If eral is found not to breach DMCA, that would mean DVD are not covered by the law and that css does not "effectively controls access" to the copyrighted work, but merely encrypt it.

      If a court says that, any dvd copy software would immediatly become legal.
      s_souche
    • a LEGAL easy solution exist

      it's call AnyDVD and remove all DRM infection from DVD, so they can be copied easly (and compress to much smaller size) onto you HD using FREE software.

      This is another baseless acusation by the most dangerous criminals in the world today: The MPAA. if the court want to solve the problem, it is easy: Shutdown the MPAA and prevent the big the studio to regroup into another illegal crime organisation. it is that simple.

      DRM is illegal period, no if or but. IT IS ILLEGAL. it prevent legal use from enjoying the product they one legally.
      Mectron
      • Exactly correct

        When you buy a DVD movie, you should actually own it, rather than rent the opportunity to view it in a way (and on devices) approved by the studios. Of course it's a bit naughty to rip and torrent it, but if DVDs were cheap enough then people simply wouldn't bother with torrents.

        Treating file sharers like criminals is in itself a criminal act. A crime is hitting someone over the head. Passing a burnt DVD to your neighbor over the garden fence is a private act on private property between consenting adults, just as intimacy between you and your partner is. It is nobody else's business - period.

        If DVDs were as cheap as they should be, piracy would be almost non-existent. The function of DRM and DMCA is to perpetuate greed and extreme profits by the studios.

        If you were wondering whether the USA has become a fascist nation, just take a look at the way file sharers are treated - your answer is there. Once upon a time there was a thing called the Constitution - now in tatters. America is a once-great nation... no longer great. Terribly sad - thanks movie studios and your bestial greed.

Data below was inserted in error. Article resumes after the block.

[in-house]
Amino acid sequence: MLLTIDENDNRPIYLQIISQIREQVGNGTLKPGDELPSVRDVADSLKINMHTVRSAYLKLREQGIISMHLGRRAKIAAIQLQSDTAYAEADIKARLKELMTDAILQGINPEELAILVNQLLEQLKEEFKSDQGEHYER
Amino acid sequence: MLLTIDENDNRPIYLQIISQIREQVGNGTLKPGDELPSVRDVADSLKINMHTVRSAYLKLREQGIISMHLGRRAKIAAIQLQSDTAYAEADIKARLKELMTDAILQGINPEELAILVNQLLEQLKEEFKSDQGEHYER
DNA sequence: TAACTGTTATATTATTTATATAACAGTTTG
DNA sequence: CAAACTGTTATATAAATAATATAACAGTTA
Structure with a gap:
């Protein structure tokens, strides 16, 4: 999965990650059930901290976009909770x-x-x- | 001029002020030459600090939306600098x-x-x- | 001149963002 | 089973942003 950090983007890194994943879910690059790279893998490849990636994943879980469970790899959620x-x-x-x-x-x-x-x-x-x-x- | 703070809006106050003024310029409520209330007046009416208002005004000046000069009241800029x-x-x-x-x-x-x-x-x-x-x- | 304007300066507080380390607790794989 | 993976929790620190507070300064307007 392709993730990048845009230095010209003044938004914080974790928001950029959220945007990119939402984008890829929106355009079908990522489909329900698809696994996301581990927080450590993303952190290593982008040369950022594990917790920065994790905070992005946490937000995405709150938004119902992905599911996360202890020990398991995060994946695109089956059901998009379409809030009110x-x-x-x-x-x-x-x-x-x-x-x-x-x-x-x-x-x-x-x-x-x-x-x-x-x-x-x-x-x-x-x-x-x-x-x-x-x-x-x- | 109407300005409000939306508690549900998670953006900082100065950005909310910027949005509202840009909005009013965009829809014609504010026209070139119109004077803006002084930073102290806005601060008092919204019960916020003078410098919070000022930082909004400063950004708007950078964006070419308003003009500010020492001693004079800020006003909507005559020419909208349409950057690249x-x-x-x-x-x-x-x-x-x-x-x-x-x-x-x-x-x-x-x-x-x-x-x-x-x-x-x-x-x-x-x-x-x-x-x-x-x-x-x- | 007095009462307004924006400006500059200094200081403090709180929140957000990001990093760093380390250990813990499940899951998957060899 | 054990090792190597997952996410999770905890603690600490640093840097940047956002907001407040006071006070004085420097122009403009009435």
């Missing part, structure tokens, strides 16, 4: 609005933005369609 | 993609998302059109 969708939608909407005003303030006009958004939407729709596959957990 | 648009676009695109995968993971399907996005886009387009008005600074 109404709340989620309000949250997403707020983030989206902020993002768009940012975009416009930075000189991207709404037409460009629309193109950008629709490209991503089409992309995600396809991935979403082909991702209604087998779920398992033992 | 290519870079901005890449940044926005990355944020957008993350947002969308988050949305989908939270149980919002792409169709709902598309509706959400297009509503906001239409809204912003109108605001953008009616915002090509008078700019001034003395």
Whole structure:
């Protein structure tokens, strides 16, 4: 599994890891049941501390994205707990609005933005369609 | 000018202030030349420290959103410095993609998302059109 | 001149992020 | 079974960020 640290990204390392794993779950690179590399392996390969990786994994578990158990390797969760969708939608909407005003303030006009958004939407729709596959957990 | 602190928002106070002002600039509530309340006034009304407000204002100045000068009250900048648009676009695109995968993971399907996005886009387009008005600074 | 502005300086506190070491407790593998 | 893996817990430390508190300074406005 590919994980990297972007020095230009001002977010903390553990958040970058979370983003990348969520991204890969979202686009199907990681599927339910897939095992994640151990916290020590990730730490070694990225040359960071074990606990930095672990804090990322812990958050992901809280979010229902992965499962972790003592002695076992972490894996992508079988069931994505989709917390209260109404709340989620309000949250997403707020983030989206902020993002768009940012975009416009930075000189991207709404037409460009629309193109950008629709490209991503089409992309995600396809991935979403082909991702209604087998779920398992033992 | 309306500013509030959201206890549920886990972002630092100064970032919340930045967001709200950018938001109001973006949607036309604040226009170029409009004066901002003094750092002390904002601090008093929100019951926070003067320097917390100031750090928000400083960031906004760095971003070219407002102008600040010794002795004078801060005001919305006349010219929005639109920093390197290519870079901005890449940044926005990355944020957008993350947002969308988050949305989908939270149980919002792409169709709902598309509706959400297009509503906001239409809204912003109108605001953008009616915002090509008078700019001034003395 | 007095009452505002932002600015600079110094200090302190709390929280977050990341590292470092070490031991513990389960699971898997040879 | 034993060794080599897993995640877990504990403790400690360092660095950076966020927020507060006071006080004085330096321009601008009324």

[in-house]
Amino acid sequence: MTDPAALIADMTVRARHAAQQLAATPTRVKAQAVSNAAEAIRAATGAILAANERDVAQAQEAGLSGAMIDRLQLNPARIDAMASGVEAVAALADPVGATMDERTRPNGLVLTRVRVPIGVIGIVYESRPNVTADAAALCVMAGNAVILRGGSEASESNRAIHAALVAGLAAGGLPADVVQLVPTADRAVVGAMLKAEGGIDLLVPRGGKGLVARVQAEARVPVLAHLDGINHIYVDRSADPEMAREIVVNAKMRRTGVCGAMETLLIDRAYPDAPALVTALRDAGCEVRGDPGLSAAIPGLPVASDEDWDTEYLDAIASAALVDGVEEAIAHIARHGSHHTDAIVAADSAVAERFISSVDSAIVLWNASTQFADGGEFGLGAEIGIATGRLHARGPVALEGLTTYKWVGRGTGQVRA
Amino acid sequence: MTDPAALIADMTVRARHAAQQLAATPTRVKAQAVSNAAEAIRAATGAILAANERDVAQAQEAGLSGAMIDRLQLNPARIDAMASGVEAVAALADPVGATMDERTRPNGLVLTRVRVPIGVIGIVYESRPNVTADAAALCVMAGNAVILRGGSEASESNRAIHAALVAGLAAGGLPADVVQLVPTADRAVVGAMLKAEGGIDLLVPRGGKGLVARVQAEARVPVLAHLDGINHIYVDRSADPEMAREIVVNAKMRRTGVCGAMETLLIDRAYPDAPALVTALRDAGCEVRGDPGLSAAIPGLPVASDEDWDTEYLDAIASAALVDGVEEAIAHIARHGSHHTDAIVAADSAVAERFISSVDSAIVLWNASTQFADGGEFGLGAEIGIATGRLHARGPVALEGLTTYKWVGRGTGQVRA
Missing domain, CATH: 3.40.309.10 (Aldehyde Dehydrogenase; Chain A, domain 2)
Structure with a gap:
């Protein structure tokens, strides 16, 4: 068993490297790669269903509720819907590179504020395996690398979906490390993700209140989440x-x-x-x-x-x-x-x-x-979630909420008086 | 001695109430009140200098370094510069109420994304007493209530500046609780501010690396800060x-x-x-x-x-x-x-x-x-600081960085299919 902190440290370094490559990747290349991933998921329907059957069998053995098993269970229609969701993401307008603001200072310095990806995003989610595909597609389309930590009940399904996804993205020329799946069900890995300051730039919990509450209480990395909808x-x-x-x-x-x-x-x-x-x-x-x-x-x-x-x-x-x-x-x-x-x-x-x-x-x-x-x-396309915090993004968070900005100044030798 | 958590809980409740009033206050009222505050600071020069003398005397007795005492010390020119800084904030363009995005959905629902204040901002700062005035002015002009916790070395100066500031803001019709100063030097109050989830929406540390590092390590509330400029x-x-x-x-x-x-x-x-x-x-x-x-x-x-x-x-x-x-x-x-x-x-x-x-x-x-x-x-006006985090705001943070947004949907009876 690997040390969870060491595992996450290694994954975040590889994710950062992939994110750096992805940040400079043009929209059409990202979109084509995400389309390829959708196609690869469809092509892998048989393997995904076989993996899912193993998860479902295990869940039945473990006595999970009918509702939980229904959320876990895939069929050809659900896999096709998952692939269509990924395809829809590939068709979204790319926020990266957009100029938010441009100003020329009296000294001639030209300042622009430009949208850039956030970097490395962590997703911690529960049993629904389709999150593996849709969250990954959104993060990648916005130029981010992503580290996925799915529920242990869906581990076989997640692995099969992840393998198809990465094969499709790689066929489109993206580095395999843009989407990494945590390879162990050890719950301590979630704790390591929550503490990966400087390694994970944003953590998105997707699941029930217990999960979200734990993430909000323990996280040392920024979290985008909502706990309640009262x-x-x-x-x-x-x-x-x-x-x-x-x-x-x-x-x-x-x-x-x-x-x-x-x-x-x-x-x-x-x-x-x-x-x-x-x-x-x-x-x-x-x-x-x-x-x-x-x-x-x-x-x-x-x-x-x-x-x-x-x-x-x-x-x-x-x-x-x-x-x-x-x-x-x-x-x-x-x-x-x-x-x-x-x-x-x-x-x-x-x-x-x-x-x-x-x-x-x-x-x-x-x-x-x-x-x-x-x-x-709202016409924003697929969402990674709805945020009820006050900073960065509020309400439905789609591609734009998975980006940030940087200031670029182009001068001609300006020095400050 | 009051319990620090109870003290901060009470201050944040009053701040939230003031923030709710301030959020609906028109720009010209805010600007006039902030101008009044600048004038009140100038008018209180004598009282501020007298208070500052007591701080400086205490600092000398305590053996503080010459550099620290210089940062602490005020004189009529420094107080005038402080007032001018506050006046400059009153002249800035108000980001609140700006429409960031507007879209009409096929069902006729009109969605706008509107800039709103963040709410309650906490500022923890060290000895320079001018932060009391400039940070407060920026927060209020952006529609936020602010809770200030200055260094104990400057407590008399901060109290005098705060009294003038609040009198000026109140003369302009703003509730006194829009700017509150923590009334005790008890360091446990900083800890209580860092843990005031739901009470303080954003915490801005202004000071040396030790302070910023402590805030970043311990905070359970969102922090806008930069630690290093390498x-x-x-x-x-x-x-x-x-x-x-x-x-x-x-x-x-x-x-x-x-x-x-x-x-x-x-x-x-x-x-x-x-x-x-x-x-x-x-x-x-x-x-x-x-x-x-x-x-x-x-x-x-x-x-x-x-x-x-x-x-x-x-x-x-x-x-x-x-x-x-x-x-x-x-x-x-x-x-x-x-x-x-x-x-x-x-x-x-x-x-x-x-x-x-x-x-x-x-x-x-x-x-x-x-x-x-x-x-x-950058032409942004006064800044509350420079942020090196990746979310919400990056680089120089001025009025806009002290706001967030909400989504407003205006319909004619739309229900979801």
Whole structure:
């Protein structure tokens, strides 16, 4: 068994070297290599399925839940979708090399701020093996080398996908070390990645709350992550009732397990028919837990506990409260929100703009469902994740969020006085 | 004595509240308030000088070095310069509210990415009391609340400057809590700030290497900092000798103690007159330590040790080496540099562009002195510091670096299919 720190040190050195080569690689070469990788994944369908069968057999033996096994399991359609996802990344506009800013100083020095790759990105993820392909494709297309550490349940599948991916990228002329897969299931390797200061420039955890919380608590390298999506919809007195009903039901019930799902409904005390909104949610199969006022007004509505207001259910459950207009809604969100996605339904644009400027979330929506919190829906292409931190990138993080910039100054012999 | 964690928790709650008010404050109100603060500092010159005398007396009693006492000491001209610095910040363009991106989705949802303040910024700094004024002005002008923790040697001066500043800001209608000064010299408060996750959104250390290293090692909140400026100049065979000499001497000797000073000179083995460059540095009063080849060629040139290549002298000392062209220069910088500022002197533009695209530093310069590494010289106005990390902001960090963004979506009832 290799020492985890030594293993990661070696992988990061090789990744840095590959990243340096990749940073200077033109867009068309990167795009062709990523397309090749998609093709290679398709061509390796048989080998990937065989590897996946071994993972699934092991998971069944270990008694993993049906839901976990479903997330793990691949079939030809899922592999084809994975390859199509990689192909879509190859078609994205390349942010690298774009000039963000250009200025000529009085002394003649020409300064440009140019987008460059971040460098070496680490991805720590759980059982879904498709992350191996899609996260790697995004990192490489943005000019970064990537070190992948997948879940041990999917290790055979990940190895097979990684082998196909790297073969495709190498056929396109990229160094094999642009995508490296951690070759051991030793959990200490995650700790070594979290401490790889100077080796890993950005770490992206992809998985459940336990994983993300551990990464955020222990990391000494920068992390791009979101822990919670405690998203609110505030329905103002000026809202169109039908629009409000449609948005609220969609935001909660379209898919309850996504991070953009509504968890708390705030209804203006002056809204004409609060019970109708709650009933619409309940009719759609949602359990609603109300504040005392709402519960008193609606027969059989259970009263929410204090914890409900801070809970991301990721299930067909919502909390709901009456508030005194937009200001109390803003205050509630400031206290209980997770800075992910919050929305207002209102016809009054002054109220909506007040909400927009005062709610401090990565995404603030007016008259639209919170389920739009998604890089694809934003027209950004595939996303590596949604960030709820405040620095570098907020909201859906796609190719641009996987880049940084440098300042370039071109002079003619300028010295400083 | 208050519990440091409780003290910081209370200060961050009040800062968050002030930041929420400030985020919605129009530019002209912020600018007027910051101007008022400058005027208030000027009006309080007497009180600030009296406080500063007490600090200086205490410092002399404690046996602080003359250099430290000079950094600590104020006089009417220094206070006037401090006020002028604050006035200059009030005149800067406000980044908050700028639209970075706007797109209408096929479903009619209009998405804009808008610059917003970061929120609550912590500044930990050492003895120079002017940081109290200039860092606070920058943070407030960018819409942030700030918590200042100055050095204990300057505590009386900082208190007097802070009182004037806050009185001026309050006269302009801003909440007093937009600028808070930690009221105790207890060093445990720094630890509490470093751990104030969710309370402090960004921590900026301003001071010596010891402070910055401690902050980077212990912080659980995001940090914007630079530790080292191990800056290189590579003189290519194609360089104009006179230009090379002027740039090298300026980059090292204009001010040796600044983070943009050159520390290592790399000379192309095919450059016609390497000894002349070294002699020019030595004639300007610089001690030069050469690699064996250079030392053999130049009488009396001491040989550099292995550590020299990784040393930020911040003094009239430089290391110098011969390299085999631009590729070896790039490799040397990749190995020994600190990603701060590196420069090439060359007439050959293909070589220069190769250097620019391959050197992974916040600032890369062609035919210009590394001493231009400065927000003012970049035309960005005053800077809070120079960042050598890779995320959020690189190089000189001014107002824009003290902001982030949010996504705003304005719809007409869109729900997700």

Don Collins
        • If they were that cheap

          Where would the *reasonable* profit be?
          rkoman@...
          • Downloaders would be more likely to buy

            It isn't just a case of them being cheap in monetary terms, we have to consider cheap in psychological terms as well. At a certain pricepoint, people look at an items value proposition and decide taht it just isn't worth it. It's why I hardly ever buy cds anymore. The same goes for DVD's.

            I live in South Africa where the average price of a new DVD release ranges from around $16 to $22. For most South Africans, that is a lot of money. But at half that price and I would be hard pressed to find justification on spending that money on just any DVD.

            At half the price however, I would be a lot more willing to part with my money.

            As to the question of where the "reasonable" profits would be, they would lie in increased sales. Let's face it, DVDs are not expensive to produce. Most big studio films released on DVD have already earned the studios a profit, not to mention the money they will make from TV reruns.

            I think most downloaders would agree that the main reason they do it, is beacuse they cannot afford to buy it.